Silo and delivery system for premixed dry mortar blends to batch mixers
||Silo and delivery system for premixed dry mortar blends to batch mixers
||September 11, 1990
||October 12, 1989
||Fenelon; Terrance P. (St. Paul, MN)
||Simone; Timothy F.
|Attorney Or Agent:
||Merchant, Gould, Smith, Edell, Welter & Schmidt
||366/16; 366/21; 366/26; 366/41; 366/6; 366/8; 366/9
|Field Of Search:
||366/2; 366/6; 366/8; 366/9; 366/16; 366/21; 366/26; 366/30; 366/41; 366/68; 366/182; 366/27; 366/606; 414/266; 414/267; 414/268
|U.S Patent Documents:
||894749; 1047680; 1312207; 2073652; 3617031; 3917236; 4075711; 4189237; 4358205; 4384787; 4798475
|Foreign Patent Documents:
||Brochure Cemen Tech, Inc. on Mobile Concrete Dispenser, models MCD6-100H and MDC6-150H, date unknown..
Cemen-Tech.Gram Publications No. 2, date 1981, entitled "Volumetric Proportioning and Continuous Mixing vs. Scales and Batch Mixing"..
Advertisement Brochure Form No. 6F.1.5M of Cemen-Tech, Inc. entitled "Concrete Dispenser Model CMS-100", date unknown..
Photocopy of advertisement M-Tech Mortar Mixer, entitled "D-20 Mortar Mixer", date unknown..
Publication entitled Southwest Builder, Mar., 1987 edition, No. 8 "Innovation", section describing a Mege Mix Silo System..
Advertisement brochure by Standley Batch Systems, Inc. on various batch mixing apparatus, date unknown..
||An improved silo and delivery system for efficiently handling dry mortar-blend compositions at construction sites is disclosed. Mortar-blend compositions are premixed to desired specifications and packaged at remote mixing stations into large bag containers that are transported to the construction site. A silo designed for uniquely servicing batch mixers is provided at the construction site for storing the premixed composition. The bag contents are emptied into the silo and are sealed therein against exposure to environmental elements. The silo contents are discharged by means of simple gravity flow on a batch-need basis into a batch mixer operatively underlying the silo.
||What is claimed is:
1. A portable silo for storing and delivering premixed dry mortar-blend materials to an inlet port of a portable batch mixer apparatus of the type used at a construction site,comprising:
(a) a silo chassis defining an inner cavity for retainably storing a charge of premixed dry mortar-blend material, comprising:
(i) a sidewall portion extending between upper and lower ends and peripherally defining said inner cavity;
(ii) upper wall means cooperatively engaging said sidewall portion upper end for closing the inner cavity at its upper end, said upper wall means defining an inlet port opening into said inner cavity; and
(iii) lower wall means for closing the inner cavity at its lower end, said lower wall means defining an outlet port opening into said inner cavity;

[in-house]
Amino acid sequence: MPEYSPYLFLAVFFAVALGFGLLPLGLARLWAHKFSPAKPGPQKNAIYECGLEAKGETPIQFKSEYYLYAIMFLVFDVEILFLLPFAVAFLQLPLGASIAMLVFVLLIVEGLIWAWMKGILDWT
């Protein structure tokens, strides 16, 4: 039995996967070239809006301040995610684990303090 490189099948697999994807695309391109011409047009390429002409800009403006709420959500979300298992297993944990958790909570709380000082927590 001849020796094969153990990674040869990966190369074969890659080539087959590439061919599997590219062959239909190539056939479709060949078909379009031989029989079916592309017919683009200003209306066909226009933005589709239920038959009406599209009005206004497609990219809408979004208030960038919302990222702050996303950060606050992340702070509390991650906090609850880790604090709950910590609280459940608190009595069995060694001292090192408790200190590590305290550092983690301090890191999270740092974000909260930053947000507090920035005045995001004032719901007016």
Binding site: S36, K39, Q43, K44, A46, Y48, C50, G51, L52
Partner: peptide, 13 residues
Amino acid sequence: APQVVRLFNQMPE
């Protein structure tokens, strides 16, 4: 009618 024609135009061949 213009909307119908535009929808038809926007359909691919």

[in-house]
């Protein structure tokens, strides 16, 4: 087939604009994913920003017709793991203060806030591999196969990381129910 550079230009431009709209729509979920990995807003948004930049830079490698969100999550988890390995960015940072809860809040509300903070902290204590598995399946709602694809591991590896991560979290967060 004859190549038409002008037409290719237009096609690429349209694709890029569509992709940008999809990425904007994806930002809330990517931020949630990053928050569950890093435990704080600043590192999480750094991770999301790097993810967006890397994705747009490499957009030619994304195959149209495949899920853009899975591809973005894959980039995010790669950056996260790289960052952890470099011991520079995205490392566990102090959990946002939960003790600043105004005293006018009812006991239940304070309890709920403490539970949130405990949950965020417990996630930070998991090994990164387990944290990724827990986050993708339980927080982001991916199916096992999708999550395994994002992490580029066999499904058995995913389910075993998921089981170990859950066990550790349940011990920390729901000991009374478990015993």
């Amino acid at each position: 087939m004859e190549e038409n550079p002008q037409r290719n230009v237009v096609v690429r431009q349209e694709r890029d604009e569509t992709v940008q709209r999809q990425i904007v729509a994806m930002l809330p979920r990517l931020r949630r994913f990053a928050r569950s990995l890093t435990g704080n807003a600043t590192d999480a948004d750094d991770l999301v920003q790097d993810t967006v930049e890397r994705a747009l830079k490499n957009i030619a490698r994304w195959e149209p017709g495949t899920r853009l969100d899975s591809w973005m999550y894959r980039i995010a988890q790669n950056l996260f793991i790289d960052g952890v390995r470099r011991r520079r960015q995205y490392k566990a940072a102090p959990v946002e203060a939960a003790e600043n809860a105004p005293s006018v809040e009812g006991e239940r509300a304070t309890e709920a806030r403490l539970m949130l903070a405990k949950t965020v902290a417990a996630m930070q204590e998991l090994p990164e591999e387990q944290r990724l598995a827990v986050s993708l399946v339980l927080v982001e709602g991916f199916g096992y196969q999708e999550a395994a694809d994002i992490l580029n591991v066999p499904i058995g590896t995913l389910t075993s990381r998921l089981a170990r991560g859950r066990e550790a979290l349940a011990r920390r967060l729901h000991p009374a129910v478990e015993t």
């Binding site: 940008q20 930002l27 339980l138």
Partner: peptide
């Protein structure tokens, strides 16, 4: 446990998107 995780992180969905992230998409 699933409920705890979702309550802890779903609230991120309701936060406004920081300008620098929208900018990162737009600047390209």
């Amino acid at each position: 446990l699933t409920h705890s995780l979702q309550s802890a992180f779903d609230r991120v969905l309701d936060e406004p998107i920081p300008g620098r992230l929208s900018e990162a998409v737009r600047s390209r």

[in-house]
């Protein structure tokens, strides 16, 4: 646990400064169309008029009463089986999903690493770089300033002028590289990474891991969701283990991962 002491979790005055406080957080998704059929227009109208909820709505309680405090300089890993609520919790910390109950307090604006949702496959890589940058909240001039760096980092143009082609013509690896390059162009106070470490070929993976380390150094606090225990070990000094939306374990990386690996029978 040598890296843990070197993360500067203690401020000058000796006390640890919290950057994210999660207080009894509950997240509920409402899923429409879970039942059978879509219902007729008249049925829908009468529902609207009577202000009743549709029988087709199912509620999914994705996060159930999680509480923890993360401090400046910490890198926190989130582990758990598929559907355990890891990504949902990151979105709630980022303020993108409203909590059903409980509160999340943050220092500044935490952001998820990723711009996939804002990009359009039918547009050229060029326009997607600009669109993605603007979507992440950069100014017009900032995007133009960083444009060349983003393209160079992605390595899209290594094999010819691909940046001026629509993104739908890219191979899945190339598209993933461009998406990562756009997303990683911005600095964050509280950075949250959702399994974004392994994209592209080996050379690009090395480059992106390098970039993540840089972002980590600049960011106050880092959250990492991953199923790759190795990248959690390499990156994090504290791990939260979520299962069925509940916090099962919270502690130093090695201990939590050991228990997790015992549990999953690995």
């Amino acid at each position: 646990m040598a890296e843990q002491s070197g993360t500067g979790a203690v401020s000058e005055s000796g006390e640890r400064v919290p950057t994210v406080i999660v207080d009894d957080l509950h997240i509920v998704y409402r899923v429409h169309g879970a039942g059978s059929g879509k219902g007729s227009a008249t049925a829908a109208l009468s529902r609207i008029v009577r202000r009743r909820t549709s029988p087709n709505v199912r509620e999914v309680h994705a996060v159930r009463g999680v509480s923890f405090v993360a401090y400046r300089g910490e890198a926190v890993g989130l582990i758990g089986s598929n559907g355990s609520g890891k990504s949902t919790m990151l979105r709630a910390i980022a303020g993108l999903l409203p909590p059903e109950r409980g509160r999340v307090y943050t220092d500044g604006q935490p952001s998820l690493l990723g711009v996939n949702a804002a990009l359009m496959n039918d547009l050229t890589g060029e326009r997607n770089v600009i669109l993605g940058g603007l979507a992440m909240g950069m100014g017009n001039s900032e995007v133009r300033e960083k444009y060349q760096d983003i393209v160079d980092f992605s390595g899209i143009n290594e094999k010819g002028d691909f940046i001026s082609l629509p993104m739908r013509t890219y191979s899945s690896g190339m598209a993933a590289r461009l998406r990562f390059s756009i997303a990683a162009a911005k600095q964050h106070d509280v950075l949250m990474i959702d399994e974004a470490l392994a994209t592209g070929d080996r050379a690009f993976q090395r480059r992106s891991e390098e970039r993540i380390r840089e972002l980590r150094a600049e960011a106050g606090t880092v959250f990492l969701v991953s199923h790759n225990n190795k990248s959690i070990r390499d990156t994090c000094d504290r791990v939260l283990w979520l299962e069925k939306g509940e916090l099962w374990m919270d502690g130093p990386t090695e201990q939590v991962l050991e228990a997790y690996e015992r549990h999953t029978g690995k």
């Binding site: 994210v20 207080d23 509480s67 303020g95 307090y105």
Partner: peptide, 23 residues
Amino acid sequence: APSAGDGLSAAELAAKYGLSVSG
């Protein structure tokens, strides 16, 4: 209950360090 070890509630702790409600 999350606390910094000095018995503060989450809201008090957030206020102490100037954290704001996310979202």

(b) inlet means cooperatively connected with said upper wall means for selectively providing sealed closure and open access to said inner cavity through said inlet port;
(c) discharge means cooperatively connected with said lower wall means for selectively providing sealed closure and open access to said inner cavity through said outlet port; said discharge means being operable between closed and open positions; said discharge means when in said closed position being operable to sealingly close said outlet port of the inner cavity to prevent mortar-blend material within said inner cavity from passing through said outlet port and being operable between saidclosed and said open positions to enable measured amounts of mortar-blend material within said inner cavity to pass by gravity through said outlet port; and
(d) leg means operatively connected with said chassis for elevating said chassis above a support surface such that said discharge means operatively overlies an inlet port of a portable batch mixer supported by said support surface, said leg meansbeing arranged and configured to allow the portable batch mixer to operatively stand therebetween; whereby material leaving said inner cavity through said discharge means falls by gravity into the inlet port of the batch mixer.
2. The portable silo as recited in claim 1, wherein said inlet means comprises a door member mounted to said upper wall for pivotally rotating between a closed position in sealing engagement with said upper wall to close said inlet port, and anopen position to allow mortar-blend material to be introduced to said inner cavity through said inlet port.
3. The portable silo as recited in claim 1, wherein said discharge means includes an operator lever disposed adjacent said outlet port, said operator lever being movable between first and second positions and being operatively connected so as tocause said discharge means to move between said closed and said open positions as said lever moves between said first and said second positions.
4. The portable silo as recited in claim 3, wherein said operator lever is arranged and configured relative to said discharge means such that an operator can move said lever between said first and said second positions while directly observingthe material flowing through said discharge means into the inlet port of the batch mixer.
5. The portable silo as recited in claim 1, wherein said discharge means includes a clam gate apparatus operatively connected to selectively open and close access through said outlet port into said inner cavity.
6. The portable silo as recited in claim 1, wherein said discharge means includes a flexible sleeve means operatively connected to direct material flowing by gravity through said outlet port to the inlet port of the batch mixer, for reducingscatter of the material during passage thereof between the chassis outlet port and the batch mixer inlet port.
7. The portable silo as recited in claim 1, further including lifting means for enabling said silo chassis to be portably lifted and moved.
8. The portable silo as recited in claim 7, wherein said lifting means includes spaced support members operatively connected to said silo chassis, said support members being spaced to cooperatively align with the lifting fork arms of standardforklift moving equipment.